“I’ve been trying to sleep train my one year old. Last night, she cried for a solid hour and I gave up. What do I do now?”
I’ve got to tell you, Heidi, this question is a great one. If you’ve started sleep training your child with whatever methods you’re using, you simply cannot give up. Here’s the reason why. If you allow a baby to cry for any length of time, only to then reward them with their sleep prop, you have just encouraged your baby to cry.
That’s not going to make sense to anyone. It won’t make sense to her that she has to cry for a certain period of time, and it’s not going to be really helpful to you at all. I find that when people do that, what they accidentally do is that they encourage and teach their baby to cry.
This question actually really makes my blood boil a little bit because I always encourage people to do this the fastest and easiest way possible. I don’t want this to be any harder on you or the baby than it needs to be, but by giving up, you’re making it harder on yourself and you’re, hands down, making this harder on your baby.
Is the timing right?
My advice to you would be to sit down and think this through. Is this the right time for you? Do you have the support you need to really hang in there and be consistent? If the answer is no, then, shelf this for now. You’re not ready. The timing’s not right. That’s OK.
That is absolutely OK. Give yourself that permission to let this go for now. But if the answer is, “No, I need to get this done. I’m committed. I’m ready. I made a mistake, but I’m not going to do it again,” then I would say, “All right, let’s do this, and let’s do this right.”
You have to decide. You’re in or you’re out. You cannot do this halfway. I hope you’re in because I think, given her age, the fact that’s she’s one, there’s no reason why she can’t be sleeping a glorious 10 to 12 hours a night, but you have to stay committed.
Stay in the room
Here are a couple of little tips that you can take going into this. Have a look at your strategy. My advice is to always start with the stay in the room method. I do find that for a lot of babies, this makes the process easier because you’re there, and you can support her. She doesn’t have to be worried that you have left the house. There’s just a lot of support around that method.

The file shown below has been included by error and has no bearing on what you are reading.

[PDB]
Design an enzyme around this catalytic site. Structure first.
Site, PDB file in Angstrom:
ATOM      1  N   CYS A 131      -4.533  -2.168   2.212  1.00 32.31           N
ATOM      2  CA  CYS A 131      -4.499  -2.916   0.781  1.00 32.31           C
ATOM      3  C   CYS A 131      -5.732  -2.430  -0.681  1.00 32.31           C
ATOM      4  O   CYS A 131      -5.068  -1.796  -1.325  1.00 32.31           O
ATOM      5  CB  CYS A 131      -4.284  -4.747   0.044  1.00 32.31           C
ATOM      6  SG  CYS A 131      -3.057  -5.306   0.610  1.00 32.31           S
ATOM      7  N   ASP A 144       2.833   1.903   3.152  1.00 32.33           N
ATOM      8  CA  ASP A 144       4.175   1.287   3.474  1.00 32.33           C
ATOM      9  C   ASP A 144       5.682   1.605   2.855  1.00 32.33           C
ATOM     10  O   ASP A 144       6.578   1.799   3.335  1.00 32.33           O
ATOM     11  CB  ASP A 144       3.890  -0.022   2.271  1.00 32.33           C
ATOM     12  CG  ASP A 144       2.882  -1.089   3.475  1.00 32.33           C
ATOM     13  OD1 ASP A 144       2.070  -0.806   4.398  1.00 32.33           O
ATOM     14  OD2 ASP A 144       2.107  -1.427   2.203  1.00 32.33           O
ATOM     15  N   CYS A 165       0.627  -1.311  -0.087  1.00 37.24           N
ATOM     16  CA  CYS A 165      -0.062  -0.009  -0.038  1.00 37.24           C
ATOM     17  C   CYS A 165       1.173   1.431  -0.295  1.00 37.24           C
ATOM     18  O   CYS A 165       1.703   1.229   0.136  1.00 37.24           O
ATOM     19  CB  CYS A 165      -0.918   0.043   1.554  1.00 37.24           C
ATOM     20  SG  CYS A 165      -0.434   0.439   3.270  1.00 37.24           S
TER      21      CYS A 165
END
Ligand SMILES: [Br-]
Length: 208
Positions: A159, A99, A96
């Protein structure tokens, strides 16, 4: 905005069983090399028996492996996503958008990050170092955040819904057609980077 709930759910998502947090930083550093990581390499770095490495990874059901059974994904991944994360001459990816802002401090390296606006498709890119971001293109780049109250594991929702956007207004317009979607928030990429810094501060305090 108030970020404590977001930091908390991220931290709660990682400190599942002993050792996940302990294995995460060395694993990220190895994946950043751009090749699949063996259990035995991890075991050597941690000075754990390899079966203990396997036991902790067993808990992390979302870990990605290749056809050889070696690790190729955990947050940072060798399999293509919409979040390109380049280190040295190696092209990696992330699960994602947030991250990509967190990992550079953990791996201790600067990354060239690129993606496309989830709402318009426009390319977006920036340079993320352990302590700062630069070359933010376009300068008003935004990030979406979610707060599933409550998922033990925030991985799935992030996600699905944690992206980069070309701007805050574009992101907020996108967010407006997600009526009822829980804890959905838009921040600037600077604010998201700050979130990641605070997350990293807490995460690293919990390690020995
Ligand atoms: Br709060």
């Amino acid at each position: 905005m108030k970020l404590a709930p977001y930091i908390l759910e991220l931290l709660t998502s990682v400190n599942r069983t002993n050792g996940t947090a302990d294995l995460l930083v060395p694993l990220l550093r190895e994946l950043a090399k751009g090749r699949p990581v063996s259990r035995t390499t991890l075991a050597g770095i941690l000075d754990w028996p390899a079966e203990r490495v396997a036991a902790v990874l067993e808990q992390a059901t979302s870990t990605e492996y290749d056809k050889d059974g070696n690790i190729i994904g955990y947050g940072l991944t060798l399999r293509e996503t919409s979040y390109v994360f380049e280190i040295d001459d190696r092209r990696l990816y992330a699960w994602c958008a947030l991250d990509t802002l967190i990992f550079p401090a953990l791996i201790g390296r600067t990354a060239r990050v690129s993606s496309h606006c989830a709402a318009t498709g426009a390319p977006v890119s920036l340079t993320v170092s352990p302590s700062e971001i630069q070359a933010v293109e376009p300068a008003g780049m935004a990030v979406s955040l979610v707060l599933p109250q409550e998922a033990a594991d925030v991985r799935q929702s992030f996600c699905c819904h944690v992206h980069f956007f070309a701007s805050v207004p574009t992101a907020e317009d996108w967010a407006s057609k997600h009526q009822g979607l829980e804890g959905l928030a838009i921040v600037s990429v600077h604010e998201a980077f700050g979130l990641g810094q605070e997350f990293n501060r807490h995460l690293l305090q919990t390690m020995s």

Leave and check method
But if you’re five or six nights in and you’re not finding you’re making very good progress or she’s really struggling, then, it really might be worth changing strategies. Then you would move to more of a leave and check method. Again, always asking yourself, “Are we moving in the direction of progress? Are things getting easier? Am I helping by being there? Is it better if I leave?” Because again, the main goal here is to make this as easy on you and the baby as absolutely possible. Have a good look at that.
If you’re struggling with the night waking portion, which most people do. I get it. It’s three o’clock in the morning. You’re tired. You just want to go back to sleep, too. If that’s the place where you lose your will a little bit then plan ahead. How are you going to get through this and stay committed?
Do you need to have your partner go in instead? Can you take turns with your partner? Do you have a mother in law who’s willing to help out? Do you have anybody else in your life that can help you make this through?
Practice makes perfect
I’ve even told clients, “You know what? Go stand in the shower for 10 minutes if you need a break around it.” Anything you need to do to be consistent and hang in there, because ultimately, this is what needs to happen for the baby. She needs to learn the skills she needs to sleep well. She can only do that if she has time to practice.
I hope that gave you a little bit of a pep talk, Heidi, and you can go forward and really get this done as quickly and as painlessly as possible.